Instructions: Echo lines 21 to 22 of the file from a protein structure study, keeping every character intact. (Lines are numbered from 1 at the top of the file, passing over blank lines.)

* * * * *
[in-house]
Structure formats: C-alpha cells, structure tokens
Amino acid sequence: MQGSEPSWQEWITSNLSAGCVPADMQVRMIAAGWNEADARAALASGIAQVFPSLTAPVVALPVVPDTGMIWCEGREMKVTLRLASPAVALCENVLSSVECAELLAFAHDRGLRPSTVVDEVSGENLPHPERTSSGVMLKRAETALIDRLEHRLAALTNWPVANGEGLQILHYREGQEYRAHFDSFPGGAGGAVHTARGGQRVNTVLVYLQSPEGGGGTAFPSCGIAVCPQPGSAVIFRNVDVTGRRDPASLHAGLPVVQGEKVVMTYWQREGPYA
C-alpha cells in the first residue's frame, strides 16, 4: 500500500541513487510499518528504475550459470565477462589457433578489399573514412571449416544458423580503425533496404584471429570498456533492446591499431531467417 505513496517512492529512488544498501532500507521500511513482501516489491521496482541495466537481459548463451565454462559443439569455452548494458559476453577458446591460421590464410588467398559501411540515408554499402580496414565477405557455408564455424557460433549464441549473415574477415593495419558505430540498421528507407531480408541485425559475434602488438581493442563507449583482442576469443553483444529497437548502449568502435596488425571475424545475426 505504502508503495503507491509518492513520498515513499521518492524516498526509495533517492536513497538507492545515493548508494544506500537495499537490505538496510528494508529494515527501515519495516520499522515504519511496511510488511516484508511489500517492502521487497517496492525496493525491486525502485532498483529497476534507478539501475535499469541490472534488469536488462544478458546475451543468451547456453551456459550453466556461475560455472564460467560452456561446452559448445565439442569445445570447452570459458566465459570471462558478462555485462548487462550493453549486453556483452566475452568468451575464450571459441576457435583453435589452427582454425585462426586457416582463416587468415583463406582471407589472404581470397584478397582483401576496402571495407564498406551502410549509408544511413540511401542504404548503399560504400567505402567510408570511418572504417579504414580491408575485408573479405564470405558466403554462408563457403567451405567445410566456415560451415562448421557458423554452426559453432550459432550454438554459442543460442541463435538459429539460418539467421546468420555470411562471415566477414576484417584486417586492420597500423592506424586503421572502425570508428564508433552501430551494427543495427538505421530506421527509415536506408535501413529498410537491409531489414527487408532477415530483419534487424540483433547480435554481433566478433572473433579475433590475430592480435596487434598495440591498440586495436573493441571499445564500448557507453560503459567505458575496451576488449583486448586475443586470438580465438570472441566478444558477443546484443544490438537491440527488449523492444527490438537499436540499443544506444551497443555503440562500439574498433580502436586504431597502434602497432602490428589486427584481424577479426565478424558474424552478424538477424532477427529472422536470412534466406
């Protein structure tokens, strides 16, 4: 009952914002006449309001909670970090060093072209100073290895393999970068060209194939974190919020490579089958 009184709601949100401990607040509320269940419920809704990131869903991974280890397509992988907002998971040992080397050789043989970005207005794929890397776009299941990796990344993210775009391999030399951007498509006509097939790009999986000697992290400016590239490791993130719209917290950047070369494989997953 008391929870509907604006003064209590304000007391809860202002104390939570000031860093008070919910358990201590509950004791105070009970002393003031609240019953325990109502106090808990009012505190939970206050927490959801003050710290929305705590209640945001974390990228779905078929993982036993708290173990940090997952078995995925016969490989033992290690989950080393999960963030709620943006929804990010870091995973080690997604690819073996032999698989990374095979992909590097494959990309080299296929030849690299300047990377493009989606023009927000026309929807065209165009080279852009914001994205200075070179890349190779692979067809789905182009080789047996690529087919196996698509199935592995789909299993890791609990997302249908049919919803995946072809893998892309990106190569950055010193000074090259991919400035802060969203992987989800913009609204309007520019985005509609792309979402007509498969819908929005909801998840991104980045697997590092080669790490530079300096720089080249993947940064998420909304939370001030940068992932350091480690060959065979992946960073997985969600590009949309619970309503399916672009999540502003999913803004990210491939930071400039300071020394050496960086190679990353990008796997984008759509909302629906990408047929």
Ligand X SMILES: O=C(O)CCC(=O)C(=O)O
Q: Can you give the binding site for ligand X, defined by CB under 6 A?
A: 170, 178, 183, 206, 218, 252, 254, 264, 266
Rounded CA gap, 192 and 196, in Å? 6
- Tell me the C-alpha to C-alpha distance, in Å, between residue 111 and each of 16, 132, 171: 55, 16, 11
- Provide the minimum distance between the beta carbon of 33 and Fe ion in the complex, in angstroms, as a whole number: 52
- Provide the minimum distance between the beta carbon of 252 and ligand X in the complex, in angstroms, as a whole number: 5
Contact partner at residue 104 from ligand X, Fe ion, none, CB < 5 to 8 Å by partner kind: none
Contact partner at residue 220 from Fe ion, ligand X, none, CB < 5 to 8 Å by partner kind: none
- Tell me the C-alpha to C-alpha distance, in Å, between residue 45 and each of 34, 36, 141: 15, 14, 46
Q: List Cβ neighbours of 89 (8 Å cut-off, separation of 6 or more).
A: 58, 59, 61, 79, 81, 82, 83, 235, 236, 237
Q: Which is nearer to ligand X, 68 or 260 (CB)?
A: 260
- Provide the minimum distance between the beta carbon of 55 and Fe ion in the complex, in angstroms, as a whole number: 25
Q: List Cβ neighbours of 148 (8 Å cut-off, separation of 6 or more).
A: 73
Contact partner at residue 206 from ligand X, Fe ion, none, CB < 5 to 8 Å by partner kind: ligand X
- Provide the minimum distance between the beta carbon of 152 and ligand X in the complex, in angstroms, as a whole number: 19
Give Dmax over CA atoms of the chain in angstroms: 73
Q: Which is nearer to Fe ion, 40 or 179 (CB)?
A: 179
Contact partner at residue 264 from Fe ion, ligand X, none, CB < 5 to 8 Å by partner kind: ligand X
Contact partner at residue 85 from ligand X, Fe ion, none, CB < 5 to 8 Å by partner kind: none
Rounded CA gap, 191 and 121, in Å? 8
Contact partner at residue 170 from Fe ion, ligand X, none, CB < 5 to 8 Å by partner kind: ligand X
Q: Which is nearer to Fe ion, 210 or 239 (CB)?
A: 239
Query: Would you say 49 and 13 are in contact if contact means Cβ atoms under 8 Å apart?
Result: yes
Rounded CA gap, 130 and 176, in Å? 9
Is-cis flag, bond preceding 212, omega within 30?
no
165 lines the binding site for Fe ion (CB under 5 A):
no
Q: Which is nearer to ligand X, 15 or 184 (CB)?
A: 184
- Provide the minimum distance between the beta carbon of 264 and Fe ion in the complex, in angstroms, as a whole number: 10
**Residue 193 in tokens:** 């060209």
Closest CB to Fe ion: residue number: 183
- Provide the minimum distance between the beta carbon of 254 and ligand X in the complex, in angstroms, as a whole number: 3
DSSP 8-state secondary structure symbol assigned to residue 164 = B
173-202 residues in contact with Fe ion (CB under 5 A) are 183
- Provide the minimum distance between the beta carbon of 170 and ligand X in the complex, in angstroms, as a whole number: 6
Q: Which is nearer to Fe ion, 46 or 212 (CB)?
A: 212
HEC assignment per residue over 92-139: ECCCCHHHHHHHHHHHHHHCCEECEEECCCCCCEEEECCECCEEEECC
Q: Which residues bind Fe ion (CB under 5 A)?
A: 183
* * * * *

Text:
Q: List Cβ neighbours of 148 (8 Å cut-off, separation of 6 or more).
A: 73